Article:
OTTAWA There are lots of ways to strengthen Medicare, but increased privatization isnt one of them, says Canadas largest union.
We challenge the privateers to provide some evidence that increased for-profit services will improve the health of Canadians or the quality of care, says Judy Darcy, National President of the Canadian Union of Public Employees. Weve looked at the experience in Canada and around the world and we dont buy it.
CUPE is concerned that for the past several months the health care debate has been dominated by premiers committed to privatization, along with people linked to the private health insurance industry and other pundits with a right-wing agenda.
The same people who promised you trickle-down economics are now pushing trickle-down health care, says Darcy. They want you to think that if the rich get better care well all be better off because well be able to cut waiting lists. Thats just not the case. In fact, the evidence is clear that when doctors work in both the public and private sectors, the lines are longer.
Darcy points to a study conducted by the Manitoba Centre for Health Policy that found waits for cataract surgery were longer for patients of doctors working in both the public and private spheres than for doctors working solely in the public system.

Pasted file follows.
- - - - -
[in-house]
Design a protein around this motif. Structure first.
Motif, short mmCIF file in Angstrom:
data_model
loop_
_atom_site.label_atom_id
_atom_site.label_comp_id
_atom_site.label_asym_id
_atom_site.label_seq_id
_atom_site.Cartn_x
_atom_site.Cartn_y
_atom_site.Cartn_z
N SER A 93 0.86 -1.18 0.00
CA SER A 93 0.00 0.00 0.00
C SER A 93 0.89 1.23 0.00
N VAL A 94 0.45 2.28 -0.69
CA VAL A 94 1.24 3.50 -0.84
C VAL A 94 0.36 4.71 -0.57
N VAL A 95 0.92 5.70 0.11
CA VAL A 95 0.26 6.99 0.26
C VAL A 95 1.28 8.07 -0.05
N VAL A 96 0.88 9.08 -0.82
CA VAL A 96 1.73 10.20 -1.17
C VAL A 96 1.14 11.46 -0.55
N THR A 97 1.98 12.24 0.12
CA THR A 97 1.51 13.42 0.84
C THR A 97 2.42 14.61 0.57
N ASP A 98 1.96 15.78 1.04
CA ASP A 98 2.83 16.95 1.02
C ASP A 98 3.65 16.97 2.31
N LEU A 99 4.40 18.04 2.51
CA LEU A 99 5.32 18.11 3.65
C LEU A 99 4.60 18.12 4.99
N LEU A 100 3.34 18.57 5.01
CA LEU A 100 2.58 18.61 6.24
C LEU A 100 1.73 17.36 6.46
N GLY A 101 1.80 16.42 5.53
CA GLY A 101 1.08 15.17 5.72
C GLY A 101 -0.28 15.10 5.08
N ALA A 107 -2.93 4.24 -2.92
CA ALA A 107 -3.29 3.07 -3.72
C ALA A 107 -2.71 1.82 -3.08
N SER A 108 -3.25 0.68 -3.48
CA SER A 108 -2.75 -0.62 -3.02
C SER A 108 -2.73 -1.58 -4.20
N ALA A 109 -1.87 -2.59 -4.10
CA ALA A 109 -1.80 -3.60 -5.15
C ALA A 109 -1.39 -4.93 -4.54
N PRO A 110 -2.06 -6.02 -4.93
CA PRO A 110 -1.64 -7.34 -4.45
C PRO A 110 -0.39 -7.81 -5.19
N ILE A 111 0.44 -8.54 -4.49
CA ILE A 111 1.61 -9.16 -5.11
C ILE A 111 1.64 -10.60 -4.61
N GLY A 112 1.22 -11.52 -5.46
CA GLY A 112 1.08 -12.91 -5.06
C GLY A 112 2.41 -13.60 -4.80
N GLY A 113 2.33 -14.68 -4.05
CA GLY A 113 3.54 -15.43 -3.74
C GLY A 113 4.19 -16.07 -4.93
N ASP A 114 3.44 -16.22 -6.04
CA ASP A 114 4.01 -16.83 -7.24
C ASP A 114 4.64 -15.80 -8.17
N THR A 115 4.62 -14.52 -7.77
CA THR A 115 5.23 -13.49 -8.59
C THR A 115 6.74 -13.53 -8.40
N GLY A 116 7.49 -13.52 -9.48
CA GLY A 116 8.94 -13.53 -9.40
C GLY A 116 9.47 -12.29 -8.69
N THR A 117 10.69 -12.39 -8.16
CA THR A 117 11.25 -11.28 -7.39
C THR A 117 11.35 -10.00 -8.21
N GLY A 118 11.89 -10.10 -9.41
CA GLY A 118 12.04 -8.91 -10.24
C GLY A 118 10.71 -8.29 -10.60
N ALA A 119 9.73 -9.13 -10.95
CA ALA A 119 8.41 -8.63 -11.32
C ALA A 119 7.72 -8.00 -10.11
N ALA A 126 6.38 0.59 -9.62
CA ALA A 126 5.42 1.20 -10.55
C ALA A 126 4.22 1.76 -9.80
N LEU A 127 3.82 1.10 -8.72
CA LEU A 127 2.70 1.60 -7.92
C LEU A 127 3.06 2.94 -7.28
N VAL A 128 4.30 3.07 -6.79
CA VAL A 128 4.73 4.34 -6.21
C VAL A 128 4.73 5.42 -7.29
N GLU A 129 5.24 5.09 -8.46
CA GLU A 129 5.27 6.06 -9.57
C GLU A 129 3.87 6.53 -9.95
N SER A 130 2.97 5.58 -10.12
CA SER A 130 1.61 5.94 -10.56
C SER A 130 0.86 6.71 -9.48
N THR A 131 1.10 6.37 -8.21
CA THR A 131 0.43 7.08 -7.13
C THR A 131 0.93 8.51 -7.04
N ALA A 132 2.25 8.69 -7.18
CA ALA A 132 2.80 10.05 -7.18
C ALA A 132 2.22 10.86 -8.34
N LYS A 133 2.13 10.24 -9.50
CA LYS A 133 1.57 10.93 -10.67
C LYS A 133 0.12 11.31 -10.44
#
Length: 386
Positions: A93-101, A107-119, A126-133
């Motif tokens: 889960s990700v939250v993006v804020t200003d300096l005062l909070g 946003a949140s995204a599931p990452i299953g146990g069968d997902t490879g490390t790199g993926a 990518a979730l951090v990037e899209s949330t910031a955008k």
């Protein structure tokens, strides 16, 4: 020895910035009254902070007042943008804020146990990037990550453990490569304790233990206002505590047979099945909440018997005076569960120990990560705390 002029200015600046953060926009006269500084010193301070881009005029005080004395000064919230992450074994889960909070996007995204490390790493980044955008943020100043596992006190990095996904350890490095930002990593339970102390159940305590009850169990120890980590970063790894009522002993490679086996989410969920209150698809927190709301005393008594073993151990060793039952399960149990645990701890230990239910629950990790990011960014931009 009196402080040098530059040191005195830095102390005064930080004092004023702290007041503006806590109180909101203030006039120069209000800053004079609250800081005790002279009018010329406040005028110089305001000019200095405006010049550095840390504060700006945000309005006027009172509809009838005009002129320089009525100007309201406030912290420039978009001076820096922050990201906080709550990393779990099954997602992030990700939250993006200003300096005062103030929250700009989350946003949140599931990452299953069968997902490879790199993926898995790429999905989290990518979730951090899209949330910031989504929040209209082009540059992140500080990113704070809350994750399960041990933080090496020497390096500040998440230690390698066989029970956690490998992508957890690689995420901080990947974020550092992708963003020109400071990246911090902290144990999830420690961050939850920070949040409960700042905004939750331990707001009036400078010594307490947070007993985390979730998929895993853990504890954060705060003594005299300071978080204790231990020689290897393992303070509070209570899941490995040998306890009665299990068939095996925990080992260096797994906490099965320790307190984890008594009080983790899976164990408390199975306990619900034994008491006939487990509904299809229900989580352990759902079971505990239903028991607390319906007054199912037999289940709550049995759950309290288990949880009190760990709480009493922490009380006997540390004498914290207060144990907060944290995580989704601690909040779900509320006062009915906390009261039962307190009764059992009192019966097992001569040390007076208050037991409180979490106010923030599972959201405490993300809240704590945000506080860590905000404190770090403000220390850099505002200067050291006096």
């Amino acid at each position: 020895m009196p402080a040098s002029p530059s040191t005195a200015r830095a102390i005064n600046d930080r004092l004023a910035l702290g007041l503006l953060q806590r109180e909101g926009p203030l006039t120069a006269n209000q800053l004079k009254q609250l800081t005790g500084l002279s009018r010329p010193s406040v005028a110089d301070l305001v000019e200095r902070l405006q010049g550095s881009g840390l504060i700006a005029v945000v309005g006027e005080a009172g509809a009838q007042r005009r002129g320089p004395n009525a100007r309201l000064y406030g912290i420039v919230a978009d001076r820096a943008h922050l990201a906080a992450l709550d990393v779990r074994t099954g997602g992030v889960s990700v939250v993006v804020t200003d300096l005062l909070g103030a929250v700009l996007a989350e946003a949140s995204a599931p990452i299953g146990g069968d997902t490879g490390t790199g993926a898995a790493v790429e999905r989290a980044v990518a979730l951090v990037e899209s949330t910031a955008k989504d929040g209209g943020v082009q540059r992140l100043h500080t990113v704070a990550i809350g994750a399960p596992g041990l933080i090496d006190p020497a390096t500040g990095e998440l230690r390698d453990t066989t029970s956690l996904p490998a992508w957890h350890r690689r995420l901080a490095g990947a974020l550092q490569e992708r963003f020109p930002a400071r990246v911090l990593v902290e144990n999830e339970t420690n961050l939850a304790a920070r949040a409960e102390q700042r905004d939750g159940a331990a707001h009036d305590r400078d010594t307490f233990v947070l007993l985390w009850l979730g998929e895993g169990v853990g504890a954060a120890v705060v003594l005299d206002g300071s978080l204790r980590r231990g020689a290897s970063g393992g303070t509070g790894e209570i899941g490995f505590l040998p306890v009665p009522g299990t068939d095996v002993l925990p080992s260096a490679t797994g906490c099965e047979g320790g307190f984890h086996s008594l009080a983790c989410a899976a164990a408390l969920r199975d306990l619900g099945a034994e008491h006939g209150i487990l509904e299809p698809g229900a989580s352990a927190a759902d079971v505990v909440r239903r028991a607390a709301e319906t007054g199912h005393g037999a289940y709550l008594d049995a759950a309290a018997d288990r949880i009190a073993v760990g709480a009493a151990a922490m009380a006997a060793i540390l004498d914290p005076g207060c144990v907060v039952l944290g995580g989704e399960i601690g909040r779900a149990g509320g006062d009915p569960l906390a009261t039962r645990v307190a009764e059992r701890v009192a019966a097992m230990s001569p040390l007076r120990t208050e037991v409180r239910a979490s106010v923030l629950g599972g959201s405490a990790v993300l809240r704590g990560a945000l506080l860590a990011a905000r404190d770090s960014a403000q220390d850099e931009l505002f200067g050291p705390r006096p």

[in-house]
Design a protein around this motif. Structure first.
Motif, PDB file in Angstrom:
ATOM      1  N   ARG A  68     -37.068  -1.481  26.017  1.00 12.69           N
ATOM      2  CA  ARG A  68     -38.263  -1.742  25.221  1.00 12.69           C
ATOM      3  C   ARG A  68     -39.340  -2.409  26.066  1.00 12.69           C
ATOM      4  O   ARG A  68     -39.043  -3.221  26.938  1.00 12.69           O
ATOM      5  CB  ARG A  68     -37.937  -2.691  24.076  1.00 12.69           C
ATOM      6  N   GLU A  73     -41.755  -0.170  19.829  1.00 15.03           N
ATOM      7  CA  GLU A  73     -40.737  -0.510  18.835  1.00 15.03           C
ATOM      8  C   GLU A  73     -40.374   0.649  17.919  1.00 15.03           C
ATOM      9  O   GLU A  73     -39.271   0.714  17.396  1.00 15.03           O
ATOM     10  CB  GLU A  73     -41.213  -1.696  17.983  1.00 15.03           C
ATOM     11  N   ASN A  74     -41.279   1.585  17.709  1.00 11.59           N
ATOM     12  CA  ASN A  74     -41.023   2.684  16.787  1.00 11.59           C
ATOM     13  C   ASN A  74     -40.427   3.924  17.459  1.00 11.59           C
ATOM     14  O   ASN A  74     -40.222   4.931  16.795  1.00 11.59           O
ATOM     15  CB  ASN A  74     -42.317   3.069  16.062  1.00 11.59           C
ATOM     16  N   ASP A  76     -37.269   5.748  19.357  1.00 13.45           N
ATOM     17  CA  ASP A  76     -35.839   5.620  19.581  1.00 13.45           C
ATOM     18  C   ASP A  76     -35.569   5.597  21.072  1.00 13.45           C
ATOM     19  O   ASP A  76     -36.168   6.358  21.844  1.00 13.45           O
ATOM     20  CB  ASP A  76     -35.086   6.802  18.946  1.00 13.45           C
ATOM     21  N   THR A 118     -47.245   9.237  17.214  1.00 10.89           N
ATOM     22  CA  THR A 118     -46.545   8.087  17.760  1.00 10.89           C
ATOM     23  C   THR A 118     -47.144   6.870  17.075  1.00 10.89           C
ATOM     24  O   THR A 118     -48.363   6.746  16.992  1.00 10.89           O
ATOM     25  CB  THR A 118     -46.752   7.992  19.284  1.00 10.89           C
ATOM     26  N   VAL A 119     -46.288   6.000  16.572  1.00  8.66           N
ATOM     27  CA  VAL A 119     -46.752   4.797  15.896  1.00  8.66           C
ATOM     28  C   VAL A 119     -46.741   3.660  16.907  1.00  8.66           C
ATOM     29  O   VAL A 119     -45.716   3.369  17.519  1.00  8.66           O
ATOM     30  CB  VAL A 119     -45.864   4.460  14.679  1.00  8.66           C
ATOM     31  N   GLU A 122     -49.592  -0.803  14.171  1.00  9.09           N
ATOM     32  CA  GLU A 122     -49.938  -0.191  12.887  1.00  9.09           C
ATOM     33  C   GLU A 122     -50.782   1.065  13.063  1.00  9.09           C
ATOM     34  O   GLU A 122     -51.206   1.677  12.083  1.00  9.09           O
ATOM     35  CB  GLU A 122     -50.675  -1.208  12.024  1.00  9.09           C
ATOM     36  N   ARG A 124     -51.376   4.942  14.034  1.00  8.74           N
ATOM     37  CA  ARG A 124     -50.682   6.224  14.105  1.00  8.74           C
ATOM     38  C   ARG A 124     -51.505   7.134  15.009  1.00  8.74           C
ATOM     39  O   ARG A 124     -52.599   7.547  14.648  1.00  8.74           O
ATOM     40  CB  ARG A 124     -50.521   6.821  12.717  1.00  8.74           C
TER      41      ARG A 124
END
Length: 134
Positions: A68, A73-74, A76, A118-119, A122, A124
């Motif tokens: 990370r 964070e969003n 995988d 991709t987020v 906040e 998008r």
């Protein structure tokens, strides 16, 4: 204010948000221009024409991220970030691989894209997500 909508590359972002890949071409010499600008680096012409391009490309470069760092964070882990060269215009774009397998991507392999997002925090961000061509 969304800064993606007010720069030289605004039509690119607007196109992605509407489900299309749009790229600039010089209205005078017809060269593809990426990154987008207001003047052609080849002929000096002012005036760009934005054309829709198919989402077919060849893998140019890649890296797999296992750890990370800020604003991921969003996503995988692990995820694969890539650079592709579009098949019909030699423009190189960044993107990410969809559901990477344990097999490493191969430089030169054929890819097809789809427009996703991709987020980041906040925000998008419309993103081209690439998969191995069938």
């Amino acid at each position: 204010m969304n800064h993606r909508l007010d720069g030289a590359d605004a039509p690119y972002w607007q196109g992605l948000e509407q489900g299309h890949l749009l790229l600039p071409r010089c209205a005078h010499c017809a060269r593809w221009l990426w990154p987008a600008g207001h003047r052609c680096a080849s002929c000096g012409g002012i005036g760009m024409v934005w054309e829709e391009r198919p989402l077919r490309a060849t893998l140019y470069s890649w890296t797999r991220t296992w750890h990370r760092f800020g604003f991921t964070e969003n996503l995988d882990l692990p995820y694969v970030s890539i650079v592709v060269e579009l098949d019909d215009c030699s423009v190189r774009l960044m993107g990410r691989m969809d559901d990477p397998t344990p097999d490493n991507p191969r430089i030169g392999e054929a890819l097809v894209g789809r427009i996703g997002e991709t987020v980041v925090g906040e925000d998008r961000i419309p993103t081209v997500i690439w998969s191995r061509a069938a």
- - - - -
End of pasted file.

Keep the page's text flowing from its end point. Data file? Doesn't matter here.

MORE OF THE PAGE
Commenting on the release today of the interim report of the Romanow Commission, established to recommend reforms to Canadas health care system, Darcy says: We welcome a debate about ways to improve public health care to ensure all Canadians get the care they need when they need it. But were determined that this debate be based on facts and not the propaganda of the privatizers and their cheerleaders.
CUPE looks to the Romanow hearings planned in the coming weeks across the country to provide Canadians an opportunity to determine the future of health care for decades to come.
We have lots of positive suggestions for making the system more cost effective by reforming primary care, bringing home care into the public system and controlling drug costs, says Darcy.
CUPE represents one-half million Canadians, including 150,000 who work in health care.
For more information:
Robert Fox, CUPE Communications (613) 795-4977